All-Access includes Danny Elfman and 80+ others (with more added regularly).
One of film’s most accomplished and original composers, Danny Elfman teaches you his process for conjuring up music that tells a story.
A downloadable workbook with behind-the-scenes stories on Danny’s most famous scores, plus tips for budding and seasoned film composers.
Learn on your own terms, at your own pace on mobile, desktop, or Apple TV.
Meet your new instructor: four-time Oscar-nominated composer Danny Elfman. He gives an overview of the class and welcomes you to his surreal and macabre world.
Danny wasn’t a classically trained musician before becoming a film composer—and he doesn’t think you need to be, either. He shares his unexpected journey to film composition.
The first day on the job for a film composer is the spotting session, where it’s critical to listen to your director. Danny explains how to map out your score and determine length, budget, and how to overcome temporary music.
To be a film composer, you must first be a student of cinema and film scores. Danny highlights how various scores throughout film history have elevated the director’s vision as well as influenced his own work.
A theme or melody can be everything and nothing at all; it can come easily or take a long time. Using examples from some of his most well-known scores, Danny teaches you how to create and identify themes and melodies for your film’s score.
While listening to the score he wrote for A Simple Plan, Danny walks you through how he crafted it and explains his choices.
There is no right or wrong instrument to convey a certain emotion. Danny shows you ways you can build tone, energy, and movement through your choices in instrumentation as well as how to treat, prepare, and play your instruments.
Writing specifically for a character can be daunting. In this case study, Danny discusses the process of creating the score for The Nightmare Before Christmas and how he collaborated with Tim Burton to invent Jack Skellington's story.
When you have a disorganized mind like Danny’s, studio and project organization are key to a successful career. He shares his process for organizing his studio, how he chooses his software, and the big board that keeps track of his output.
Identifying the tone of the film can dictate the sounds that make up your template. Danny walks you through how he creates a template from which to build a score, and he tells you how being prepared can help you realize your vision.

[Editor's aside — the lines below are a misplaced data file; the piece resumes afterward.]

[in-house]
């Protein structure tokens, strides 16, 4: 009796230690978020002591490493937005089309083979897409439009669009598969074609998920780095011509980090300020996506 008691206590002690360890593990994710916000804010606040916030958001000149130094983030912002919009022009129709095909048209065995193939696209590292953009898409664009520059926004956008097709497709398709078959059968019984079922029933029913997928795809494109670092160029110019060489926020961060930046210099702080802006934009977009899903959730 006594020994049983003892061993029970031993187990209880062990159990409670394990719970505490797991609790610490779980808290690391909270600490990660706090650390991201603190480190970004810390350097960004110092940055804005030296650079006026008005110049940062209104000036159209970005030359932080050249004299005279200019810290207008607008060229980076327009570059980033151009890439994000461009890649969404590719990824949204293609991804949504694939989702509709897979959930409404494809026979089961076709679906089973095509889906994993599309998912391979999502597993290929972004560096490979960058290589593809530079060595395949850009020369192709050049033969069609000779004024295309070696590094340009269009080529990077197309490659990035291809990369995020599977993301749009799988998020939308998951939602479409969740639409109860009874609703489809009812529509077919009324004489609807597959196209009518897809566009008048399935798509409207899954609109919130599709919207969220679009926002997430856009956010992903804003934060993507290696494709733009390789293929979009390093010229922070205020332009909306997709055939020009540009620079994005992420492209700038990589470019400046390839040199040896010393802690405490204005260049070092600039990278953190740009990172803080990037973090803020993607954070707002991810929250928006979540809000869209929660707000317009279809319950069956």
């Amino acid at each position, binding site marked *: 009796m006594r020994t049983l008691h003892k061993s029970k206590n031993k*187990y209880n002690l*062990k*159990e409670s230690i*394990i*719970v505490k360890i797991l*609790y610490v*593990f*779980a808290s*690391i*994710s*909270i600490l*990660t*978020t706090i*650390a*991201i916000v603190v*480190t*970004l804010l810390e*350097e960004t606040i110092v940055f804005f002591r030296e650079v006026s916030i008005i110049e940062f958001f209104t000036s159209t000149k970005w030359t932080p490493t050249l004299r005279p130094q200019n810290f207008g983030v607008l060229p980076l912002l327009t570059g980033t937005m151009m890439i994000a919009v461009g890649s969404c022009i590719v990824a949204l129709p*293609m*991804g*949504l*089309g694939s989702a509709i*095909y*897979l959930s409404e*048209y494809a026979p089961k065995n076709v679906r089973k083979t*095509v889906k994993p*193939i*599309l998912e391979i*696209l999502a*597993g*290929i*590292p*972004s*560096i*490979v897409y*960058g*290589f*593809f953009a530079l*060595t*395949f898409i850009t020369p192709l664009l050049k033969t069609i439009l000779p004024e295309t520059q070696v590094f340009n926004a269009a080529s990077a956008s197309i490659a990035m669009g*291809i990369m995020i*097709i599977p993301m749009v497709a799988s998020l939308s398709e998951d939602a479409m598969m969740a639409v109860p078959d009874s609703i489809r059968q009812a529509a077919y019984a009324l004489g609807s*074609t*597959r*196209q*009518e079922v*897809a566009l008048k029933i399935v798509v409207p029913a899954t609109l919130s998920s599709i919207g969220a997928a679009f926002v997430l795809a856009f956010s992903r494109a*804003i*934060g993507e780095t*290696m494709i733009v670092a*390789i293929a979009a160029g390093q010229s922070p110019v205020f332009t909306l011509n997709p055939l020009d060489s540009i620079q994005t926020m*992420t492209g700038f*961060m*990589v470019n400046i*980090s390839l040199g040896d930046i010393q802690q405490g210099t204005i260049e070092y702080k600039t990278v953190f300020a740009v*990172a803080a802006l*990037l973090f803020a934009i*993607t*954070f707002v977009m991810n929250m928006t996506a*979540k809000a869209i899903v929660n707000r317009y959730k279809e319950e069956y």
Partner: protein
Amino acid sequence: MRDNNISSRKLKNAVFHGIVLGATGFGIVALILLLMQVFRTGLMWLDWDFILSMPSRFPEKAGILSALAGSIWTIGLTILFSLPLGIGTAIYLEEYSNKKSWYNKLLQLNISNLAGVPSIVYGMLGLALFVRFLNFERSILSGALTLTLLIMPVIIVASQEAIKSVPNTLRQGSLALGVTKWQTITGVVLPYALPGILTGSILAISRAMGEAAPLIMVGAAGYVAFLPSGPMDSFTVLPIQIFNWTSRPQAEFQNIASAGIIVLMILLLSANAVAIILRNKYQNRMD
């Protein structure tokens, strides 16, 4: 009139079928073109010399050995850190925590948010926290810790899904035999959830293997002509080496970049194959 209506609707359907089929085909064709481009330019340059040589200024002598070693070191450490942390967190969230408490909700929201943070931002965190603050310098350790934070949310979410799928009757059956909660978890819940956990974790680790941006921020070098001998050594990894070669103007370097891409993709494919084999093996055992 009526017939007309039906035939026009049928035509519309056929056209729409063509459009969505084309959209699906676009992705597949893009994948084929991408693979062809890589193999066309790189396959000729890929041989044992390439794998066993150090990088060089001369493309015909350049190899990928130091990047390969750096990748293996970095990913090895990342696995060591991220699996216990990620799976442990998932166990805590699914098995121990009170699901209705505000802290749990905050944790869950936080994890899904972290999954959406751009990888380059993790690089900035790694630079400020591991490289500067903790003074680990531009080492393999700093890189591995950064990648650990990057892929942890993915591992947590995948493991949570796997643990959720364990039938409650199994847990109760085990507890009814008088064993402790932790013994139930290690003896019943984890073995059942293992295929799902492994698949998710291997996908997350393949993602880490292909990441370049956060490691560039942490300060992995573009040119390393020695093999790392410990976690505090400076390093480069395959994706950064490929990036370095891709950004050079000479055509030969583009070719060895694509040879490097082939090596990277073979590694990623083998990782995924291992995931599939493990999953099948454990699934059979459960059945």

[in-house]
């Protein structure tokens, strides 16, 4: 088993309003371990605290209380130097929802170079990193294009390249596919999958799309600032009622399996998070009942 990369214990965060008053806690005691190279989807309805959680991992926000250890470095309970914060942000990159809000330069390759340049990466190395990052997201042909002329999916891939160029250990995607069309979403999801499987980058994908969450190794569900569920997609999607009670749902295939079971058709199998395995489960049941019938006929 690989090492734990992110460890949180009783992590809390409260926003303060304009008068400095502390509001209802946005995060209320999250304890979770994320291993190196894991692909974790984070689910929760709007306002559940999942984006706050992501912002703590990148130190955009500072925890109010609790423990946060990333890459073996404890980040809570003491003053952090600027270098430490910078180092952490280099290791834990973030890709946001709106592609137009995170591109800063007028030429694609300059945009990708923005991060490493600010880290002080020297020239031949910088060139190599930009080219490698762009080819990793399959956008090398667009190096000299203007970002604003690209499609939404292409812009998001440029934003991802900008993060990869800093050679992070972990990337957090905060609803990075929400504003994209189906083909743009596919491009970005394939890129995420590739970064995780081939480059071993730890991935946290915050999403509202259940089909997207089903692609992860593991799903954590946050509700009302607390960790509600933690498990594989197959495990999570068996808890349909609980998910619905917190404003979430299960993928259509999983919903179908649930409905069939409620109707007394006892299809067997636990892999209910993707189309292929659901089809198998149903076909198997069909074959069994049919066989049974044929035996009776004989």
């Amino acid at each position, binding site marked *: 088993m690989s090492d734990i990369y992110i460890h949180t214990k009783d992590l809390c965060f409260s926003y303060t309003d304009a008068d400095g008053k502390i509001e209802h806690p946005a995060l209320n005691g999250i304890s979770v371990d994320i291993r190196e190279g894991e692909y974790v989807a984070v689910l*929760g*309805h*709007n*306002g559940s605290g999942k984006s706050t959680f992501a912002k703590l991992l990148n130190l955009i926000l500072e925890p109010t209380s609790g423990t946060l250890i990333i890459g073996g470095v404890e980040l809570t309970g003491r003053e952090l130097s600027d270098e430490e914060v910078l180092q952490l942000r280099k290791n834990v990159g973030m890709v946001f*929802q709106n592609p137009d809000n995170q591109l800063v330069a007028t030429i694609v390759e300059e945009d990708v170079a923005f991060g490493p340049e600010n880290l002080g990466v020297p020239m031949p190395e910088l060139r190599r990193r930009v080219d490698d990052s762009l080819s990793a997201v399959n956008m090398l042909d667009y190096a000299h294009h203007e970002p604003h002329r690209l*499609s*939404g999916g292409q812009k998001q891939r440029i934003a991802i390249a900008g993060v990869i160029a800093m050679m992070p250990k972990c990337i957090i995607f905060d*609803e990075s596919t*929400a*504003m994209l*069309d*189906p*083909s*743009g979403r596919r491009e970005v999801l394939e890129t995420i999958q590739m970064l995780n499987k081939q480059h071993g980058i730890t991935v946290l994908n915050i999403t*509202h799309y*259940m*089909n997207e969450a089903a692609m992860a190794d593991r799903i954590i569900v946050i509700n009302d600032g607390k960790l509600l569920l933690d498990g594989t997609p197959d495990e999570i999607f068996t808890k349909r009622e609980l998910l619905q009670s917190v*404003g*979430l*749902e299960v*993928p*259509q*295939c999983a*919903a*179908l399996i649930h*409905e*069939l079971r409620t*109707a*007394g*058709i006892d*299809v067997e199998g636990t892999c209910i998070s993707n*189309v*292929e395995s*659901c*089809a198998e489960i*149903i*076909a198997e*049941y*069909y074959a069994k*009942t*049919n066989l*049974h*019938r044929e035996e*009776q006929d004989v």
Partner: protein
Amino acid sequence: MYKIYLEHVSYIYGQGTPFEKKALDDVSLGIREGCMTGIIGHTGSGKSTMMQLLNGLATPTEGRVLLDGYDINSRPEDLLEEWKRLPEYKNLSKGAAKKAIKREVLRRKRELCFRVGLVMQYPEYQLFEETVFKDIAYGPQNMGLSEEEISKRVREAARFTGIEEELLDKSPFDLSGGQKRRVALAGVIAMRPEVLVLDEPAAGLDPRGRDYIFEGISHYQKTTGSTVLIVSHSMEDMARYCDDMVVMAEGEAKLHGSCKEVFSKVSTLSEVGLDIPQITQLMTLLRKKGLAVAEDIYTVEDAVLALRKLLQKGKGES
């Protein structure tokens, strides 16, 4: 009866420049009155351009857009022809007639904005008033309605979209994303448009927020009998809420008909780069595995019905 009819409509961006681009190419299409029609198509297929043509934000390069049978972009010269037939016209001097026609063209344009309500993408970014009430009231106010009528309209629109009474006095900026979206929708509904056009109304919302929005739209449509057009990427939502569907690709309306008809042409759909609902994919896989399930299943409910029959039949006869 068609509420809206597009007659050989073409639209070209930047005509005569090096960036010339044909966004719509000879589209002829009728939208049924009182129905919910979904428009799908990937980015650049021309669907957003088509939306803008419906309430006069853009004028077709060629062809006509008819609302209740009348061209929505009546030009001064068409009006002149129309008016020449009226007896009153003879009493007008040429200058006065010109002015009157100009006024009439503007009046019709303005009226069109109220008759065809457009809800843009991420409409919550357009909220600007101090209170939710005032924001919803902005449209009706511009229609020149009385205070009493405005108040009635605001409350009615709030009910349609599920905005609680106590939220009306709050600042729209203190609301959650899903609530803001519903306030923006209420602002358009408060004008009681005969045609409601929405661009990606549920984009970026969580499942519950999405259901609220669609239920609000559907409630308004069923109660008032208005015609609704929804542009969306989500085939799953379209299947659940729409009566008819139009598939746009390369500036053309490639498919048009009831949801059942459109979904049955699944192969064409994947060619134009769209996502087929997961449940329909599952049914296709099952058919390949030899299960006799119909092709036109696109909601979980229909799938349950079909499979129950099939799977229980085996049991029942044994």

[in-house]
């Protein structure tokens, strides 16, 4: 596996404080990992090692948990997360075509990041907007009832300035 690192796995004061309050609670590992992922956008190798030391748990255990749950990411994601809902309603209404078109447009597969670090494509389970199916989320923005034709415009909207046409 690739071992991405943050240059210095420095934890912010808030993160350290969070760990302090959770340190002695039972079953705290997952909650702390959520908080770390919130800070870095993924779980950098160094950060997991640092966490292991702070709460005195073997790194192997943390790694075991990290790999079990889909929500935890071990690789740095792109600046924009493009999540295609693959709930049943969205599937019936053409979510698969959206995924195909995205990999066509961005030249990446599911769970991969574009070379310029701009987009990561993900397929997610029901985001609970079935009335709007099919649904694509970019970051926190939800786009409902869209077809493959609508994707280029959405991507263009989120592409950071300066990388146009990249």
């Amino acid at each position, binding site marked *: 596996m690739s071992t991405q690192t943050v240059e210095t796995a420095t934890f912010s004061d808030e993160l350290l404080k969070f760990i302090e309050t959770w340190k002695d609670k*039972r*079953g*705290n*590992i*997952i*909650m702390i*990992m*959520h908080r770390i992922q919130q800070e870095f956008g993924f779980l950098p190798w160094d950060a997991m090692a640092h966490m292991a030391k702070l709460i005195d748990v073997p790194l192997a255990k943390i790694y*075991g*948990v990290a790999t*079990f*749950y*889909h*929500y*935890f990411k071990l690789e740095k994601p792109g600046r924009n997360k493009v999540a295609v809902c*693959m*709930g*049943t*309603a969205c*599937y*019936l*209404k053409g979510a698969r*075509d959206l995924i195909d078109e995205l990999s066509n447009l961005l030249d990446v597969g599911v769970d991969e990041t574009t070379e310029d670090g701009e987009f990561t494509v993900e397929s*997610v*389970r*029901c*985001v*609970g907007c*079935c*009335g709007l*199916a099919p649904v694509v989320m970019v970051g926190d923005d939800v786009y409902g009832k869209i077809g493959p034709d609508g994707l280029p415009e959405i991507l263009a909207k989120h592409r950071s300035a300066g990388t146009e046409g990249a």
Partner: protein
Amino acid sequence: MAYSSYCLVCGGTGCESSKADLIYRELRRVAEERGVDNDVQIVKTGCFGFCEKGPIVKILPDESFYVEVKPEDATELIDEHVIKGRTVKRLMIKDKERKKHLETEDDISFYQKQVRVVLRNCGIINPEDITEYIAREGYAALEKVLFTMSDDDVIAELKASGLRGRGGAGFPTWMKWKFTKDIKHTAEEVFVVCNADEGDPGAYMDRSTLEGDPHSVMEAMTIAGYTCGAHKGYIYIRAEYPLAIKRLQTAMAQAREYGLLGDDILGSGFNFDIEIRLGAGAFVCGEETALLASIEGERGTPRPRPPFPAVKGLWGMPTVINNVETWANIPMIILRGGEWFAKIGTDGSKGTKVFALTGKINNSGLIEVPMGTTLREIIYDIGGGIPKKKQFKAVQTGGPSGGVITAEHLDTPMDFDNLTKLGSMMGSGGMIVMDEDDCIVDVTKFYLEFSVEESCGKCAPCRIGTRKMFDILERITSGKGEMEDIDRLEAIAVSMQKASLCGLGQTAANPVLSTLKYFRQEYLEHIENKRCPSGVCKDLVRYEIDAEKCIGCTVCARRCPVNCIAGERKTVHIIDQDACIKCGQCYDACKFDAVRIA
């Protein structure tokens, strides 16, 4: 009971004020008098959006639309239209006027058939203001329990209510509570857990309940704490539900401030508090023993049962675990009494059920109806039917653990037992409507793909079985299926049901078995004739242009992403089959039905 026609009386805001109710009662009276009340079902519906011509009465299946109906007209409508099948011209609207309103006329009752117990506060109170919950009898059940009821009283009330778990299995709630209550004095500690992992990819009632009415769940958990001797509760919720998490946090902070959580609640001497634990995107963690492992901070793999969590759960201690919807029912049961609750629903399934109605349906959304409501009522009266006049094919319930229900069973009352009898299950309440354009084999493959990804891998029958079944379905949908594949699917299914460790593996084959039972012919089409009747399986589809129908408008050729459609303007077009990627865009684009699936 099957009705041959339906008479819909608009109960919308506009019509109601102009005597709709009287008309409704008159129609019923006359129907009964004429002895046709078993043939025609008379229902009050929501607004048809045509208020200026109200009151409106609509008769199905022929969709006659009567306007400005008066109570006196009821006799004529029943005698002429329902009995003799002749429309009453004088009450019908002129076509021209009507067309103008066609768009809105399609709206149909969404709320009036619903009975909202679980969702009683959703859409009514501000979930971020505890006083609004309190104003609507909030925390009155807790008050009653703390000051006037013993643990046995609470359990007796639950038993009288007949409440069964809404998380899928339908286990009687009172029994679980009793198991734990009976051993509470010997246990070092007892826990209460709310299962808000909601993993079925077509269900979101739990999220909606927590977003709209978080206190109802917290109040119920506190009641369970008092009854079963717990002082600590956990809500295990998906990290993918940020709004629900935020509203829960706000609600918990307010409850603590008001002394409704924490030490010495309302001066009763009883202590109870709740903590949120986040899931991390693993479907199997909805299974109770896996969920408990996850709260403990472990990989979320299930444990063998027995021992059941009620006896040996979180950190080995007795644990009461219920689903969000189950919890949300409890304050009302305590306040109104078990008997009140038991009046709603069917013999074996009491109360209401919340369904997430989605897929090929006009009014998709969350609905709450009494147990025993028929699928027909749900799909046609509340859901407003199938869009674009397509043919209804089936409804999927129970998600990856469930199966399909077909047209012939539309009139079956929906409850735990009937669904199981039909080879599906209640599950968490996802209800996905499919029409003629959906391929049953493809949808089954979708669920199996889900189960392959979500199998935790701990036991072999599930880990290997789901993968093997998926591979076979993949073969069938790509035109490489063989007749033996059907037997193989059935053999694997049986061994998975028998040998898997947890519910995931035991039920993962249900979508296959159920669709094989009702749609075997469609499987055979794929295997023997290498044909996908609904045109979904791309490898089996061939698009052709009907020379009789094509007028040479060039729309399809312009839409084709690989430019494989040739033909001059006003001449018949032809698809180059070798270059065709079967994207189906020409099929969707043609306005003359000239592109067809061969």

Artists are filled with doubt. Danny talks about how to manage that doubt and move forward. He opens up about his vulnerabilities, how he overcomes them, and how he sharpened his instincts to make better career decisions.
To map out a score, you need to figure out the tone and identify the moments that define the film. Using examples from films of different genres, Danny shows how he reverse-engineered the scores to reflect key moments and the tonal landscape.
Using Milk as a case study, Danny explores how a literal approach to scoring for the script isn’t necessarily the right decision and how improvisation can often be the missing piece to the puzzle.
Composing to an evolving film is a challenge. Danny explains how to find the editor’s tempo and rhythm, how to get in to and out of musical phrases, and how to sync to picture.
Danny loves the process of detailing. He shows a scene from Lawrence of Arabia to illustrate how sound design and detailing can elevate your score.
Danny listens to the score he made for The Unknown Known and explains how creating the villain’s theme for this documentary was not as straightforward as you might think.
Even seasoned composers like Danny face failure and have to pick themselves up again. By opening up about a temporary falling-out with Tim Burton, Danny shows how to overcome your ego and persevere in the face of failure.
Collaboration with directors is a subtle art form that Danny has cultivated for more than 35 years. He offers advice on how to talk to your director, present your ideas at playbacks, and receive feedback.
There is a line between influence, homage, and plagiarism. Danny illustrates how the line is drawn, when you have overstepped the boundaries, and how to rise above and maintain originality.
As a composer with no classical training, Danny offers a different perspective on getting into the business. He encourages you to find what makes you unique, pursue what you can do best, and promote that aspect of yourself to be heard.
Danny reflects on the journey he has taken together with you, as an old miner might tell stories around the campfire to young gold seekers before they venture out into the world to strike (cinematic) gold.